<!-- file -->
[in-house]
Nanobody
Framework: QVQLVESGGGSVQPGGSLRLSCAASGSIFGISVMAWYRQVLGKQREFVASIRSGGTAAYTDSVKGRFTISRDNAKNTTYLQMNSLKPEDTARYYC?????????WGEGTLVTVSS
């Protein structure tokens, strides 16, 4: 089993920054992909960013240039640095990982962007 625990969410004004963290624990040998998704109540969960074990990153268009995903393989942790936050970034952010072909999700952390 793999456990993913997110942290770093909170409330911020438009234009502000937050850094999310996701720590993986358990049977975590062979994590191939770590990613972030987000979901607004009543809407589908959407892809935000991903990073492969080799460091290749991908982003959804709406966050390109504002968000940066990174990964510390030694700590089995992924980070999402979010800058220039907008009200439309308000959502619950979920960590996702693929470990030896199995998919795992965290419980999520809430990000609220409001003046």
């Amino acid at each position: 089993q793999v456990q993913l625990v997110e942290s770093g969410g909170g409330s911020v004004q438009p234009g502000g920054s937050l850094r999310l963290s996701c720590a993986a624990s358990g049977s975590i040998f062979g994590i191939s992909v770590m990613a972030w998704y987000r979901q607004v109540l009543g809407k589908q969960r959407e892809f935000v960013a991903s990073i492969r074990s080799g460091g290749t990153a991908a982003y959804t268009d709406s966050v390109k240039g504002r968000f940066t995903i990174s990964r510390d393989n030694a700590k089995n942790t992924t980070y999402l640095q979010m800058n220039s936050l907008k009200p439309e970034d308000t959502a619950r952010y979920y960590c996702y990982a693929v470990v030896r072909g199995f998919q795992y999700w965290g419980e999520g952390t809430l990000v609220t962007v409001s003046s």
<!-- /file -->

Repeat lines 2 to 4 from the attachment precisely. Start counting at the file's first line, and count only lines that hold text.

Nanobody
Framework: QVQLVESGGGSVQPGGSLRLSCAASGSIFGISVMAWYRQVLGKQREFVASIRSGGTAAYTDSVKGRFTISRDNAKNTTYLQMNSLKPEDTARYYC?????????WGEGTLVTVSS
């Protein structure tokens, strides 16, 4: 089993920054992909960013240039640095990982962007 625990969410004004963290624990040998998704109540969960074990990153268009995903393989942790936050970034952010072909999700952390 793999456990993913997110942290770093909170409330911020438009234009502000937050850094999310996701720590993986358990049977975590062979994590191939770590990613972030987000979901607004009543809407589908959407892809935000991903990073492969080799460091290749991908982003959804709406966050390109504002968000940066990174990964510390030694700590089995992924980070999402979010800058220039907008009200439309308000959502619950979920960590996702693929470990030896199995998919795992965290419980999520809430990000609220409001003046």